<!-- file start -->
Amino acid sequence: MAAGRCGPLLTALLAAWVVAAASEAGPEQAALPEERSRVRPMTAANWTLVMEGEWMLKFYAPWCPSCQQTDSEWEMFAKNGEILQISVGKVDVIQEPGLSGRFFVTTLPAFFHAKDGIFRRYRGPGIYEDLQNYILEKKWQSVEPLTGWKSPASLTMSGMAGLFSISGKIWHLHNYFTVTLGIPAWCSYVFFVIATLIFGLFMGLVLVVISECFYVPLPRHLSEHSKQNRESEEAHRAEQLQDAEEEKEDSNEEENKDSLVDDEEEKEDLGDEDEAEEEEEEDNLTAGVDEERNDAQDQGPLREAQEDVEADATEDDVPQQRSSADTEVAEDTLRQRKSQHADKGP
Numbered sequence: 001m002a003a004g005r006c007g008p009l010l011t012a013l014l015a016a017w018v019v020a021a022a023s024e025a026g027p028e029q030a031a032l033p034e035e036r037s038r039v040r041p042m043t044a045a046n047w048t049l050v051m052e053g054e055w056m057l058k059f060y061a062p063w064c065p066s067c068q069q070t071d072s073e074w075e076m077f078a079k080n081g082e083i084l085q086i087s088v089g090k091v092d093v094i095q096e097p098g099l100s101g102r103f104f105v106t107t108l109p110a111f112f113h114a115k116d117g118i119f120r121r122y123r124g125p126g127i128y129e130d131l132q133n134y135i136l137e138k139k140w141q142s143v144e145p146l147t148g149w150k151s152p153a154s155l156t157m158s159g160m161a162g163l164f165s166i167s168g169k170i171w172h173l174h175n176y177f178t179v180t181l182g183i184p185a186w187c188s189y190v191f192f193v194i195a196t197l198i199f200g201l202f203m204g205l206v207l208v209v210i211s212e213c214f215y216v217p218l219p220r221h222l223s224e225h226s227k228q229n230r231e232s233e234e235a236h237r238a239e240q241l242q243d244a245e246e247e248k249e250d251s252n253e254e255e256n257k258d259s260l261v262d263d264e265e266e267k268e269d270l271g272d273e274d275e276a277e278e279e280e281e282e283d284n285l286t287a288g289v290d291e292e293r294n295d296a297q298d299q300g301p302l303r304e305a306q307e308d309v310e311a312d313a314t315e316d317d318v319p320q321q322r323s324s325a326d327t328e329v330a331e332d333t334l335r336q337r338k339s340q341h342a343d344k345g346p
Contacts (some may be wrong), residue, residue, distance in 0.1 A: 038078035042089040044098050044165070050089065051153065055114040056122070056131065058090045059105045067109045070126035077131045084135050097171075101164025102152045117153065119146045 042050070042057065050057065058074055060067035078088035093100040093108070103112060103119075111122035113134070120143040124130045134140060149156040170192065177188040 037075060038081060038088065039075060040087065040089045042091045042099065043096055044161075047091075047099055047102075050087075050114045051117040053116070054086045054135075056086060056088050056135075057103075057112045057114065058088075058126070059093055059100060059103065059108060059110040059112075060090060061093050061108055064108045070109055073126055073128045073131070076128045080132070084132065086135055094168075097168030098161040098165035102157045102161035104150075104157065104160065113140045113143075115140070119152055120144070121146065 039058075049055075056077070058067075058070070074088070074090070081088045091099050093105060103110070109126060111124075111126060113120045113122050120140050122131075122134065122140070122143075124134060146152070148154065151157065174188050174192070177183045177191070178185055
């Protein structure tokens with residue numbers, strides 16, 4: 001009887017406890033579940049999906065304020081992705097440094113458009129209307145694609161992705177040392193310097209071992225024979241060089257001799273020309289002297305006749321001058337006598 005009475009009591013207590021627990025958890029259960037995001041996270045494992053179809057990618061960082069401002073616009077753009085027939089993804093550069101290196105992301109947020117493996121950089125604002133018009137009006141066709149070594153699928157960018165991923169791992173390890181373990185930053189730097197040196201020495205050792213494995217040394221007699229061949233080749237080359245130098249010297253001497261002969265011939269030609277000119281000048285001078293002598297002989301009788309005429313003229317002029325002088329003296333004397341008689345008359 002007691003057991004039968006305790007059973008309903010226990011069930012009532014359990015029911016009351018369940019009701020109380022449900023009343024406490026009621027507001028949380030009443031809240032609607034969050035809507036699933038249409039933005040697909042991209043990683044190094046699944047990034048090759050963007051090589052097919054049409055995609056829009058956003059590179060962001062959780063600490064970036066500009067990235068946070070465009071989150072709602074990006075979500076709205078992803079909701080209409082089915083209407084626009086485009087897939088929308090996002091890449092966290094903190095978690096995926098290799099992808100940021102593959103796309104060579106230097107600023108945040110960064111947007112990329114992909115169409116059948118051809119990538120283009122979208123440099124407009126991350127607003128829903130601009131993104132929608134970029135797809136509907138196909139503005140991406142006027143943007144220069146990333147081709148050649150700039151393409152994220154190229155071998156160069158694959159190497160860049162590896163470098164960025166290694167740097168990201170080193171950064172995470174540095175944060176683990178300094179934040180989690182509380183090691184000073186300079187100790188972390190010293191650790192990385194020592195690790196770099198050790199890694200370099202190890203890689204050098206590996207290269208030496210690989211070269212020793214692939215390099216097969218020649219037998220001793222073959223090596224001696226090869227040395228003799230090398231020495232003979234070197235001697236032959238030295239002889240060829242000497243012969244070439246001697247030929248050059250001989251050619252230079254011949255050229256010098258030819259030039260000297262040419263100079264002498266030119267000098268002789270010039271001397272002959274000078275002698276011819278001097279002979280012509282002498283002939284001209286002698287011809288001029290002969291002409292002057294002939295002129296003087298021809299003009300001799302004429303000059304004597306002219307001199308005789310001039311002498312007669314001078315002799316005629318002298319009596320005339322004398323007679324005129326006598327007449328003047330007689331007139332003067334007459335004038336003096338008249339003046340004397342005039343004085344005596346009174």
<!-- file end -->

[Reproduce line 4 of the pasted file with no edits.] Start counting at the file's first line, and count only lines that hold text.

């Protein structure tokens with residue numbers, strides 16, 4: 001009887017406890033579940049999906065304020081992705097440094113458009129209307145694609161992705177040392193310097209071992225024979241060089257001799273020309289002297305006749321001058337006598 005009475009009591013207590021627990025958890029259960037995001041996270045494992053179809057990618061960082069401002073616009077753009085027939089993804093550069101290196105992301109947020117493996121950089125604002133018009137009006141066709149070594153699928157960018165991923169791992173390890181373990185930053189730097197040196201020495205050792213494995217040394221007699229061949233080749237080359245130098249010297253001497261002969265011939269030609277000119281000048285001078293002598297002989301009788309005429313003229317002029325002088329003296333004397341008689345008359 002007691003057991004039968006305790007059973008309903010226990011069930012009532014359990015029911016009351018369940019009701020109380022449900023009343024406490026009621027507001028949380030009443031809240032609607034969050035809507036699933038249409039933005040697909042991209043990683044190094046699944047990034048090759050963007051090589052097919054049409055995609056829009058956003059590179060962001062959780063600490064970036066500009067990235068946070070465009071989150072709602074990006075979500076709205078992803079909701080209409082089915083209407084626009086485009087897939088929308090996002091890449092966290094903190095978690096995926098290799099992808100940021102593959103796309104060579106230097107600023108945040110960064111947007112990329114992909115169409116059948118051809119990538120283009122979208123440099124407009126991350127607003128829903130601009131993104132929608134970029135797809136509907138196909139503005140991406142006027143943007144220069146990333147081709148050649150700039151393409152994220154190229155071998156160069158694959159190497160860049162590896163470098164960025166290694167740097168990201170080193171950064172995470174540095175944060176683990178300094179934040180989690182509380183090691184000073186300079187100790188972390190010293191650790192990385194020592195690790196770099198050790199890694200370099202190890203890689204050098206590996207290269208030496210690989211070269212020793214692939215390099216097969218020649219037998220001793222073959223090596224001696226090869227040395228003799230090398231020495232003979234070197235001697236032959238030295239002889240060829242000497243012969244070439246001697247030929248050059250001989251050619252230079254011949255050229256010098258030819259030039260000297262040419263100079264002498266030119267000098268002789270010039271001397272002959274000078275002698276011819278001097279002979280012509282002498283002939284001209286002698287011809288001029290002969291002409292002057294002939295002129296003087298021809299003009300001799302004429303000059304004597306002219307001199308005789310001039311002498312007669314001078315002799316005629318002298319009596320005339322004398323007679324005129326006598327007449328003047330007689331007139332003067334007459335004038336003096338008249339003046340004397342005039343004085344005596346009174």